RT: Multi-media content is becoming commonplace in the children's book industry. Do you see your material as complementary to the story or as assistive technology?

Cheryl: My software is definitely complementary to the story. The fictional story is intended to engage children in wanting to know more about the animal. The CD content provides factual information so kids can decide which parts of the story were real and which were fantasy. Do spiders spin colored webs? The printable activities on the CD then move them back to traditional learning.

RT: What would you say to parents who think that kids spend too much time with computers? Are there ways to bring your books to life beyond the CDs?

Cheryl: Too often kids are spending time playing games on computers or surfing the net. Just like time watching television, time on the computer should be supervised. The computer is a wonderful tool for learning, but it is only one way of learning. That’s why I include a variety of printable activities on the CD so that kids can go further with the information they learn in the CD lessons. There are many other ways to use the books and CD content. After you view the unit on spider webs, go on a web hunt. Use yarn, string, even spaghetti, to create webs in different shapes. Read Eric Carle’s The Very Busy Spider and compare the stories. Find out more about different kinds of whales; do experiments with sound location; go to Journey North online to track whale migrations; encourage recycling to keep trash from the ocean.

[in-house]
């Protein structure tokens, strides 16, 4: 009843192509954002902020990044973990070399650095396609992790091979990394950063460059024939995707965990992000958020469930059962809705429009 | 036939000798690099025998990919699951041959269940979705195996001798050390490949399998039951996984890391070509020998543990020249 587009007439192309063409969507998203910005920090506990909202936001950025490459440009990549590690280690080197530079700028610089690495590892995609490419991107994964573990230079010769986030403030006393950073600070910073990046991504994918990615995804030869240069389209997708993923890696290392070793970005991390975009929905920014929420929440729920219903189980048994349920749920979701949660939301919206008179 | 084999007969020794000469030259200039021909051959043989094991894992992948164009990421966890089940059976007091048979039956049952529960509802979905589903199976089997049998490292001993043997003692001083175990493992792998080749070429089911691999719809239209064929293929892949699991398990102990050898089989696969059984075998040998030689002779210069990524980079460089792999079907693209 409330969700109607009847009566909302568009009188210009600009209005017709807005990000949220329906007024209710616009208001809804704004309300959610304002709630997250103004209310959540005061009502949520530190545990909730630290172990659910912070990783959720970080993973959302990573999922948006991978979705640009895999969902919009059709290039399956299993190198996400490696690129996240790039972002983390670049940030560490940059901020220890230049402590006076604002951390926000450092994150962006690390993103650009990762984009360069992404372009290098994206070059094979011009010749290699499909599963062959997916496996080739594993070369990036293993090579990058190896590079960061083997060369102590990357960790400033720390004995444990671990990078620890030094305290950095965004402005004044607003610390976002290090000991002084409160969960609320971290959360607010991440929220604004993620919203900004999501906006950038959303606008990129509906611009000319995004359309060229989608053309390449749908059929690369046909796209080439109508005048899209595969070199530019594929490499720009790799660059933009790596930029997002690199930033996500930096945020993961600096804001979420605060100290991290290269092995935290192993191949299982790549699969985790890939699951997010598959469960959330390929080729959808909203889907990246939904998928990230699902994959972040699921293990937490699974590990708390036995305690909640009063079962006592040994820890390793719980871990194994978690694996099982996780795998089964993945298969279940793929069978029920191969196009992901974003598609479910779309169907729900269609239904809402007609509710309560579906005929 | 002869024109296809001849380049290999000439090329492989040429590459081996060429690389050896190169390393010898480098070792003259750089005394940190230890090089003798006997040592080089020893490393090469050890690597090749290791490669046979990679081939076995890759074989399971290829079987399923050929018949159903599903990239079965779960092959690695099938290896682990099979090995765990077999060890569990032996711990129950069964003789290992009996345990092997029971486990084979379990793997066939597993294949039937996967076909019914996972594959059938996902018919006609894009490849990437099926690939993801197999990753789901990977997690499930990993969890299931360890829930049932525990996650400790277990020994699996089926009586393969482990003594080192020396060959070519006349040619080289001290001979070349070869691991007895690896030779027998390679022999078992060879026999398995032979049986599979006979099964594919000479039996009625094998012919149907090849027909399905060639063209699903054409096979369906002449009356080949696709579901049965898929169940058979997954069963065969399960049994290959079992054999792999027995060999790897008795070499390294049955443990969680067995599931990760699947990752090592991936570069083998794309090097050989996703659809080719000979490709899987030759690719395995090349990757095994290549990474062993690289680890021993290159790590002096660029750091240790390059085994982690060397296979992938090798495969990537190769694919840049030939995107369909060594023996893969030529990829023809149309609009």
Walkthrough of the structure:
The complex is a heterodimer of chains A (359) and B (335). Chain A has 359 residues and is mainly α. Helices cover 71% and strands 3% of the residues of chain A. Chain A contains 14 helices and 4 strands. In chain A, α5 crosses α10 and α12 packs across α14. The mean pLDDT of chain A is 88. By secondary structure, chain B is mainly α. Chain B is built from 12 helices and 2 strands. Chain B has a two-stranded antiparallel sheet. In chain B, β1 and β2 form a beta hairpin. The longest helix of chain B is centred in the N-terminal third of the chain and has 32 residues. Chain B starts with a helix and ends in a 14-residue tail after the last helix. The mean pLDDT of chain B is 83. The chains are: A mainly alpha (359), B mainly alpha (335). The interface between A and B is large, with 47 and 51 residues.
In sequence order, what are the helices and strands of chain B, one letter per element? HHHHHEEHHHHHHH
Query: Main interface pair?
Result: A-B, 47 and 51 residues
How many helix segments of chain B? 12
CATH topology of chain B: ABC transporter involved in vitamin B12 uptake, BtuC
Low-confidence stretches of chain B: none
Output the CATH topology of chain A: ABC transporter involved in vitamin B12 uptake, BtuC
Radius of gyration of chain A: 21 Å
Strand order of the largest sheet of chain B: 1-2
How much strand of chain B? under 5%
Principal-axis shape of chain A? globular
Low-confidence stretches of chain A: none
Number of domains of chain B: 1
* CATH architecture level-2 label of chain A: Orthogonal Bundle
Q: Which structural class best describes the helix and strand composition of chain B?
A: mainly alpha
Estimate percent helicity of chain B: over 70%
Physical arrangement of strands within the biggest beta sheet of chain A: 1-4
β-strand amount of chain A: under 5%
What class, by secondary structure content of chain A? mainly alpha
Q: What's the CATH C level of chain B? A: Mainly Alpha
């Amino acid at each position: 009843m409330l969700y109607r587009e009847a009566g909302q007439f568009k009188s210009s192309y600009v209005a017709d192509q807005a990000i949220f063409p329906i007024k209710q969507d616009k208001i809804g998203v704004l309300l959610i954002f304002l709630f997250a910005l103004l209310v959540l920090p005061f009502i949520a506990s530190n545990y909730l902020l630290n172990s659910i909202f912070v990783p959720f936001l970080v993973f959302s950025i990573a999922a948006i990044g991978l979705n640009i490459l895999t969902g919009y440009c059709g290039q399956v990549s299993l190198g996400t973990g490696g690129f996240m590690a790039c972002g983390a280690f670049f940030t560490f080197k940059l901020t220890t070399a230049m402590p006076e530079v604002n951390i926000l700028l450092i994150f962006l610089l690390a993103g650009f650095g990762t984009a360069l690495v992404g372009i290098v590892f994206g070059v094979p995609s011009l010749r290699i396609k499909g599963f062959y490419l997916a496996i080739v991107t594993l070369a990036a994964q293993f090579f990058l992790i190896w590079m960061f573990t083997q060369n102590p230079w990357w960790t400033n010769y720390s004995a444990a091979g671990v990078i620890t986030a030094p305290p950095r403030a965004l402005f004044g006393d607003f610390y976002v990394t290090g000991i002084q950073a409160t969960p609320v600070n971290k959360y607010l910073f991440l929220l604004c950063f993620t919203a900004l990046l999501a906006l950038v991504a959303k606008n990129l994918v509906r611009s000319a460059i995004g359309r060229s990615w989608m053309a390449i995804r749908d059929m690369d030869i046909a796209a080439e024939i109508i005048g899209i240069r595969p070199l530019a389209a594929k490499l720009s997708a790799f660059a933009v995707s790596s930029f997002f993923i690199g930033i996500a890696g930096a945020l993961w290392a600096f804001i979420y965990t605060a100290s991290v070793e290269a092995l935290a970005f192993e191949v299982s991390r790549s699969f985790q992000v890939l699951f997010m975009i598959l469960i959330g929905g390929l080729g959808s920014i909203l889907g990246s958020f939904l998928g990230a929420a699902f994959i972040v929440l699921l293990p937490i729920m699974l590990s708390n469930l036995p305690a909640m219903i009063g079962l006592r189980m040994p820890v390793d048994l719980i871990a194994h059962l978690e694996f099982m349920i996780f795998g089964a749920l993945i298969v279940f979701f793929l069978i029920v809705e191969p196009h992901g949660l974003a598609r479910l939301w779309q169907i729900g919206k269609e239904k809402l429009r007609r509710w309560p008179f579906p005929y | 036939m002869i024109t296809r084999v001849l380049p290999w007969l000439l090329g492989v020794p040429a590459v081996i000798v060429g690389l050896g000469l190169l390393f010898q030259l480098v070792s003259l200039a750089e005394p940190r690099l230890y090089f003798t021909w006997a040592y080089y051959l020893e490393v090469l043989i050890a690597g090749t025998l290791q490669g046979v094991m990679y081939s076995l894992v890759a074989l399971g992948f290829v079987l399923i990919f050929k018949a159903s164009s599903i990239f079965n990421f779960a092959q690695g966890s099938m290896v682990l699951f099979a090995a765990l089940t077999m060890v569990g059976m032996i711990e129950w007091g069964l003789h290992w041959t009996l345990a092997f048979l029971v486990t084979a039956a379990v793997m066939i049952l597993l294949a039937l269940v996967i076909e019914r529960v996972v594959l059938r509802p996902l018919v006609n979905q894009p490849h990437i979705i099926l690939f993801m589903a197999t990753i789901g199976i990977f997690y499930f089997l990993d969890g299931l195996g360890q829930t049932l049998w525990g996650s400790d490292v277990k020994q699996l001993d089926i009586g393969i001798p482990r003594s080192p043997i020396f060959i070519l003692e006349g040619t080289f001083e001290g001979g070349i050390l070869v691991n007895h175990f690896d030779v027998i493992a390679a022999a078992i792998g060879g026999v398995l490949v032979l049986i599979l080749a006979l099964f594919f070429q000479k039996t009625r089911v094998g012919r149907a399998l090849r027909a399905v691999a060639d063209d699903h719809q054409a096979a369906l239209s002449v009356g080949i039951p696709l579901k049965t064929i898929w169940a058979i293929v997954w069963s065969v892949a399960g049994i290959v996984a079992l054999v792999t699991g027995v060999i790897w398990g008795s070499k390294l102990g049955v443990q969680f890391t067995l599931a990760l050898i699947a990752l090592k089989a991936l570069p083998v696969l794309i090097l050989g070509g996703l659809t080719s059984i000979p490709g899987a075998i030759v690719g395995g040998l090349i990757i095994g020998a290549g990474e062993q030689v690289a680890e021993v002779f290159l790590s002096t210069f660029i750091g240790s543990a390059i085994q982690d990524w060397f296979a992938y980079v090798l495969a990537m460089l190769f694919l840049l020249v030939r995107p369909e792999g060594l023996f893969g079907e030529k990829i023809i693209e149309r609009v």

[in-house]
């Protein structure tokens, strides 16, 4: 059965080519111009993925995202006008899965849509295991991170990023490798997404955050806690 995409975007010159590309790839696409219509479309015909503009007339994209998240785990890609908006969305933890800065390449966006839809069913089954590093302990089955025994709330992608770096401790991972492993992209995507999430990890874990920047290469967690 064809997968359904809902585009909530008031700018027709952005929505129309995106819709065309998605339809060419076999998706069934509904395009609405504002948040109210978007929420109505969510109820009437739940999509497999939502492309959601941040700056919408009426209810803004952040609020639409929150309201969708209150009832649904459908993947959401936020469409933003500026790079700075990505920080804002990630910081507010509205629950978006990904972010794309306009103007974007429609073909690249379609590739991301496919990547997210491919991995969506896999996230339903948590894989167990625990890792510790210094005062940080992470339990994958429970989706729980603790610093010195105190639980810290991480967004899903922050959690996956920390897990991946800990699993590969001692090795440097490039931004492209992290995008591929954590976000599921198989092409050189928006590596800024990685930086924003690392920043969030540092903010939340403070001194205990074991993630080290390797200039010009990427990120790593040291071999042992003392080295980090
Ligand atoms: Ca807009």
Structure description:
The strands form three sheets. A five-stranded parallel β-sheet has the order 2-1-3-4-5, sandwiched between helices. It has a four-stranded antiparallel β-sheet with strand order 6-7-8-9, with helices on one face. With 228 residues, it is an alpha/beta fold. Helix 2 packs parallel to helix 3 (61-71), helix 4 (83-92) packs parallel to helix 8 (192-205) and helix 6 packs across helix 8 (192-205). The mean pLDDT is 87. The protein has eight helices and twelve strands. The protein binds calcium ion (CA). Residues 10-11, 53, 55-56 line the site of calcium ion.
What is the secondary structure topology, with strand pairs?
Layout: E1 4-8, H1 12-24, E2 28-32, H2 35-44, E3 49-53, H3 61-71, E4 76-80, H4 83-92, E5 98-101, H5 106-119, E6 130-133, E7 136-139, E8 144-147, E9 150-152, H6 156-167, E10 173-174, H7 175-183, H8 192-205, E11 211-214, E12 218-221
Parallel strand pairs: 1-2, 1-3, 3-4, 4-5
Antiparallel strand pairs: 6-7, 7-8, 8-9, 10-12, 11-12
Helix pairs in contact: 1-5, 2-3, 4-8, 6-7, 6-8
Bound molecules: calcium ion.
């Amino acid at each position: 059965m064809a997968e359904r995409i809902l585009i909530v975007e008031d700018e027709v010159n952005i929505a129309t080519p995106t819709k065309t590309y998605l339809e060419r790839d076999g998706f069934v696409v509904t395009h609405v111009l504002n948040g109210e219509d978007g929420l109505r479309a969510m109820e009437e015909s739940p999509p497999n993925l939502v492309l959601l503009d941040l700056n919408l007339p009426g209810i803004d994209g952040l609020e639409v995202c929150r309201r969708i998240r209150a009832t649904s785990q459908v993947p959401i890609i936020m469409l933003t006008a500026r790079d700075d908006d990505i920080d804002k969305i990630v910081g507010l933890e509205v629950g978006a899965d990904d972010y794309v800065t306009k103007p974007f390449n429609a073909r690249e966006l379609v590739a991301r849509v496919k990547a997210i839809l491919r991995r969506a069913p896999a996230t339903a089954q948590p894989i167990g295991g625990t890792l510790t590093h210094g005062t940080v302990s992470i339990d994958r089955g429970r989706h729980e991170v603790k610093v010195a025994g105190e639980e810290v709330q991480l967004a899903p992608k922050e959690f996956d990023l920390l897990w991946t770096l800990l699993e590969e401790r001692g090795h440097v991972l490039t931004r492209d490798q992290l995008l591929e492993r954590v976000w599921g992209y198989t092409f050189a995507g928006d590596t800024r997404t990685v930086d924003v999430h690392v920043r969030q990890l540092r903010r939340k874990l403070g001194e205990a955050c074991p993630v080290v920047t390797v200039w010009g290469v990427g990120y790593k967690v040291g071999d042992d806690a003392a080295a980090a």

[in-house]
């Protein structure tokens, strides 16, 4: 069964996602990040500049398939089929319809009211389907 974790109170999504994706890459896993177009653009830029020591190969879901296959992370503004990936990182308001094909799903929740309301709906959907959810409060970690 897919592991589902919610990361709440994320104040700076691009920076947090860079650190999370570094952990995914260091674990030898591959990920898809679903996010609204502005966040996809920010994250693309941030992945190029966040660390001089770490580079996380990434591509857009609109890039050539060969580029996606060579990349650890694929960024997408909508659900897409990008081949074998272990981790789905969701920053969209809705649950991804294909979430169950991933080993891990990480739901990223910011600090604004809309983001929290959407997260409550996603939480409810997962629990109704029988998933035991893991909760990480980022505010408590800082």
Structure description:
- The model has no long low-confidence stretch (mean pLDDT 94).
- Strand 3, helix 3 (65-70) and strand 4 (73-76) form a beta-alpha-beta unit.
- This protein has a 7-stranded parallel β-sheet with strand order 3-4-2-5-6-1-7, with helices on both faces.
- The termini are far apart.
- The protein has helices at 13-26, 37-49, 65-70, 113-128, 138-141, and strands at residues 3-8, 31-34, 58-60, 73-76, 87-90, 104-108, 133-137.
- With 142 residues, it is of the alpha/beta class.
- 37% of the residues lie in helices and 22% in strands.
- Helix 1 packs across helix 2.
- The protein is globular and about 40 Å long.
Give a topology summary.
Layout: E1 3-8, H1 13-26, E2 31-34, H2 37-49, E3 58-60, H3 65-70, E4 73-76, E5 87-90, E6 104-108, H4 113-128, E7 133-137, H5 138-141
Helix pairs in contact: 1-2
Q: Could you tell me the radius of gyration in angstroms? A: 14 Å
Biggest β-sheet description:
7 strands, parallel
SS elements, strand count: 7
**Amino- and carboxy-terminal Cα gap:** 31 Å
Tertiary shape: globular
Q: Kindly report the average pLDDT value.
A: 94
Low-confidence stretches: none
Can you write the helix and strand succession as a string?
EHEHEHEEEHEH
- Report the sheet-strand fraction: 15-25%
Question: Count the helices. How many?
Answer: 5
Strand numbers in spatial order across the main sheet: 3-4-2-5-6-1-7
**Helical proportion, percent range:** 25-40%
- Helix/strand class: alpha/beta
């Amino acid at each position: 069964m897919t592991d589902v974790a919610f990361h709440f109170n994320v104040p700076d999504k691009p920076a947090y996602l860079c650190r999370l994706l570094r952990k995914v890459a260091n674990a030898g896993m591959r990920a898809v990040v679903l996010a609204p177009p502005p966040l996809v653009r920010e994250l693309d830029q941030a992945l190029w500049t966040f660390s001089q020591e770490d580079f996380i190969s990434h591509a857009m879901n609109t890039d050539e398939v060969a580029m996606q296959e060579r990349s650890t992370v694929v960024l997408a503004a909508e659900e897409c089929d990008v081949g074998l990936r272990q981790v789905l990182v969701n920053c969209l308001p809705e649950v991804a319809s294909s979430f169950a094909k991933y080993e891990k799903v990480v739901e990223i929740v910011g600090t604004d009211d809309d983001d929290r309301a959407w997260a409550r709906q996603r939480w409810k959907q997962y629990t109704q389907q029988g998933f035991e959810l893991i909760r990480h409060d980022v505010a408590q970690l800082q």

RT: The Team that creates your Webs to Whales Nature Tales is quite talented. They have extensive experience and backgrounds beyond the animal kingdom, to include plants and other natural sciences. How did the team come together?

Cheryl: I met Gene Takeshita, my illustrator, when I was working for another publisher. I admired his work and contacted him when I was ready to illustrate my book. These are the first books he has ever illustrated, and his attention to detail and eye for design are incredible. Gene put me in contact with Jeff, our multi-media specialist. Jeff and Gene have worked together on a number of projects, so they were already a team. Jeff has a phenomenal range of talents and expertise in both science and multi-media production. I couldn’t have done this without his help. We all share a common belief in producing materials that are of the highest possible quality. We collaborate very closely on every aspect of production. I feel very blessed to be working with both of them.

RT: Do you foresee taking the nature series in a different direction?